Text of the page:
It's made of foam and contains spermicide. Women can place it against their cervix up to 24 hours before sex. It prevents pregnancy about as well as the cervical cap. But unlike that product or the diaphragm, you don't need to get fitted by a doctor.
Pros: No prescription, effective immediately.
Cons: Can be hard to put in. No STD protection. You can't use it during your period.
Birth Control Pill
The most common type uses estrogen and progestin to prevent ovulation. It's very effective if taken right. About 8% of women who use it get pregnant. You'll need a prescription for it.
Pros: Lighter, more regular periods or no periods, depending on the type. Less cramping.
Cons: Cost ($0-$50 per month). No STD protection. May cause breast tenderness, spotting, blood clots, and raised blood pressure. Some women shouldn't use it due to health risks.
Birth Control Patch
Women who forget to take daily pills may want the Ortha Evra, Twirla or Xulane patch. You wear it on your skin and change it once a week for 3 weeks, then go a week without it. It releases the same hormones in birth control pills and works just as well.
Pros: Lighter, more regular periods with less cramping. No need to remember a daily pill.
Cons: Cost ($0-$50 per month). May cause skin irritation or other side effects similar to birth control pills. No STD protection.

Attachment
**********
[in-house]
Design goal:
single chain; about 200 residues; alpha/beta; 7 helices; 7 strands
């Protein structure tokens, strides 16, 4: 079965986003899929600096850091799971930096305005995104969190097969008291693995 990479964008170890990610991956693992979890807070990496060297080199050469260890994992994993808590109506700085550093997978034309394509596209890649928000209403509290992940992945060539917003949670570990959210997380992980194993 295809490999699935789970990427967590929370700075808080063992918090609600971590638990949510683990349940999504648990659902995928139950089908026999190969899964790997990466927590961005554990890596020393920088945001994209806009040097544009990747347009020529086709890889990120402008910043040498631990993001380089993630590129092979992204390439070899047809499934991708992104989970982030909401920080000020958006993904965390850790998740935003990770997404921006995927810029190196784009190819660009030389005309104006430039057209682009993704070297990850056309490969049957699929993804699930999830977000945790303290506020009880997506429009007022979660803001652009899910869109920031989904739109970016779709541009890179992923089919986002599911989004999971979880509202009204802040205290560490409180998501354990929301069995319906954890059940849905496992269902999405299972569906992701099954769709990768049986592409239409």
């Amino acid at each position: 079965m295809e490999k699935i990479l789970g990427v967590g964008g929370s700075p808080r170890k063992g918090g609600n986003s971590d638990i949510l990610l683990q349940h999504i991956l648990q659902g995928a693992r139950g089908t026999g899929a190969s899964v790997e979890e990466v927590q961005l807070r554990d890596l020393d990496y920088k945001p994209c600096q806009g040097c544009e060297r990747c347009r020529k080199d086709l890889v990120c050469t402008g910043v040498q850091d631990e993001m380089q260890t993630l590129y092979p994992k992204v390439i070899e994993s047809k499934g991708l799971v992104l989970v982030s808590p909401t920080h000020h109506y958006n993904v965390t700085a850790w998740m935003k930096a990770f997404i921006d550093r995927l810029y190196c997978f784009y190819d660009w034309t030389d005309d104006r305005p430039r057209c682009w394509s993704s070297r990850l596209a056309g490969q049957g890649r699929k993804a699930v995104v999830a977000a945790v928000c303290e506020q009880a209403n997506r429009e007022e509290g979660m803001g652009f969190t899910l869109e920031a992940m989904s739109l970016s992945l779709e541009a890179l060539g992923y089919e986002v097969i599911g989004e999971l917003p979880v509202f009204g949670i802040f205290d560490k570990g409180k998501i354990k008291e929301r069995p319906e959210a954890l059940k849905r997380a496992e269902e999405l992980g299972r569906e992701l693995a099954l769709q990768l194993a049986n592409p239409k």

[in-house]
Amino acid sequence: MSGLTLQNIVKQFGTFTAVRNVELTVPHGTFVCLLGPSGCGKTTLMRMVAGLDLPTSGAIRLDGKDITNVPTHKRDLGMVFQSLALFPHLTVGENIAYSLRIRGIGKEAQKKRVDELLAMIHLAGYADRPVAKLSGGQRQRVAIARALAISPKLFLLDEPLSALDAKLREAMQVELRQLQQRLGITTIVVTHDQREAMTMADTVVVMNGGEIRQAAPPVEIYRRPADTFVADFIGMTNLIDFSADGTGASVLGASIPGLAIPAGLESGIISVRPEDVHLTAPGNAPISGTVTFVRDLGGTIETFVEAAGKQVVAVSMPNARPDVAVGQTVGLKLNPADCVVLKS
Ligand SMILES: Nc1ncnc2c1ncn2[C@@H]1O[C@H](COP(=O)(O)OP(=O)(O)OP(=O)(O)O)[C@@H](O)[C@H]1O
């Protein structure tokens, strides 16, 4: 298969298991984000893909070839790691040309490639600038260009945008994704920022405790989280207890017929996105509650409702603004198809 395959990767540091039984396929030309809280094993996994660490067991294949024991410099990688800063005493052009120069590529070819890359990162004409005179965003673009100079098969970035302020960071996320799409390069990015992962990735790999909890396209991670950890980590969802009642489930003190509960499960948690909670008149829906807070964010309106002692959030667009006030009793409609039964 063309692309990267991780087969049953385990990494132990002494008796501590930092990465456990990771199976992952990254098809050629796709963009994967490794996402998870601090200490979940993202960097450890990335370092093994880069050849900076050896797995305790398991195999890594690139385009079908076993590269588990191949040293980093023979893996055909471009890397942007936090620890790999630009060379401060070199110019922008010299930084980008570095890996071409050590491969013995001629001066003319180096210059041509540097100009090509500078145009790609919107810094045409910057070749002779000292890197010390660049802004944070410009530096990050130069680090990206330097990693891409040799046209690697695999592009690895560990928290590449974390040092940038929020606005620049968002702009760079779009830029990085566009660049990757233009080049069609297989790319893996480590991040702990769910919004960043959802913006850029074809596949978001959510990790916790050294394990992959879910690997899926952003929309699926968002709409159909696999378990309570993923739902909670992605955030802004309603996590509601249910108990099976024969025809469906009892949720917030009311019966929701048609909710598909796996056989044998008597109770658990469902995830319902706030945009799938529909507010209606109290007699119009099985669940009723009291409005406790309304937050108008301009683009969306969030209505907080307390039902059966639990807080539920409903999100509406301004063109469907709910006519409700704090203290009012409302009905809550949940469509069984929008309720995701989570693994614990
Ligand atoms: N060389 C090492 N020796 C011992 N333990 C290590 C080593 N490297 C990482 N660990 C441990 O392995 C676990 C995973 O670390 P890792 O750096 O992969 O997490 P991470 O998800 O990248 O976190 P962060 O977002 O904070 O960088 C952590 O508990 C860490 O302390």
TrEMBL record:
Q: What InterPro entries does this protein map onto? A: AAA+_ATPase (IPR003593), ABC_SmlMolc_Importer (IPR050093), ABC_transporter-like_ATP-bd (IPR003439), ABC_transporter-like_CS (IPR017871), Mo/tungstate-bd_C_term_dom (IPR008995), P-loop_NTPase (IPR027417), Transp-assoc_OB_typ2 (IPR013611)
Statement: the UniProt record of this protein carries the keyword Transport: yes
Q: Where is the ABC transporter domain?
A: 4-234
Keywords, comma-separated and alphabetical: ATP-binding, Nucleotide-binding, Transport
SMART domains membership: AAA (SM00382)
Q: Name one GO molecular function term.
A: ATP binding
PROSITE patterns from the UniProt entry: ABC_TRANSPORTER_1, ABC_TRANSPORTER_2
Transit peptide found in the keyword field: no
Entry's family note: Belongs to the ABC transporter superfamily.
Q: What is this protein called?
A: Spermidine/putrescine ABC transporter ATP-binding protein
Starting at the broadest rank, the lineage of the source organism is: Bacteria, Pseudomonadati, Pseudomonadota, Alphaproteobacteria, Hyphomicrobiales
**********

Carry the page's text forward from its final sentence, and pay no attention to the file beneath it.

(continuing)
The vaginal ring is a soft plastic ring that goes inside the vagina. It releases the same hormones as the pill and patch, and it works just as well to prevent pregnancy. There are two types available: Annovera and NuvaRing. Annovera can be reused after a 1-week break each month. NuvaRing is replaced each month.
Pros: Lighter, more regular periods. Less-frequent replacement.
Cons: Cost ($30-$50 per month). May cause vaginal irritation or other side effects similar to pills and the patch. Doesn't protect against STDs.
Birth Control Shot
It's called Depo-Provera, and it's a hormonal shot that protects against pregnancy for 3 months. For the typical couple, it works better than the birth control pill. Only 3% of users get pregnant in a year.
Pros: Injected only 4 times per year, highly effective.
Cons: Cost (about $240 per year). May cause spotting and other side effects. Doesn't protect against STDs.
Birth Control Implant
Nexplanon is a matchstick-sized rod that a doctor places under the skin of a woman's upper arm. It releases the same hormone that's in the birth control shot. The failure rate is less than 1%.
Pros: Protects against pregnancy for 3 years and then must be removed. Highly effective.
Cons: More expensive up front ($400-$800 for exam, implant, and insertion). May cause side effects, including irregular bleeding. Doesn't protect against STDs.
That stands for intrauterine device. It's placed inside a woman's uterus. The nonhormonal copper IUD, ParaGard, works for as long as 10 years. The hormonal IUDs must be replaced after 3-5 years. Both types make it harder for sperm to fertilize the egg. Fewer than 8 in 1,000 women get pregnant.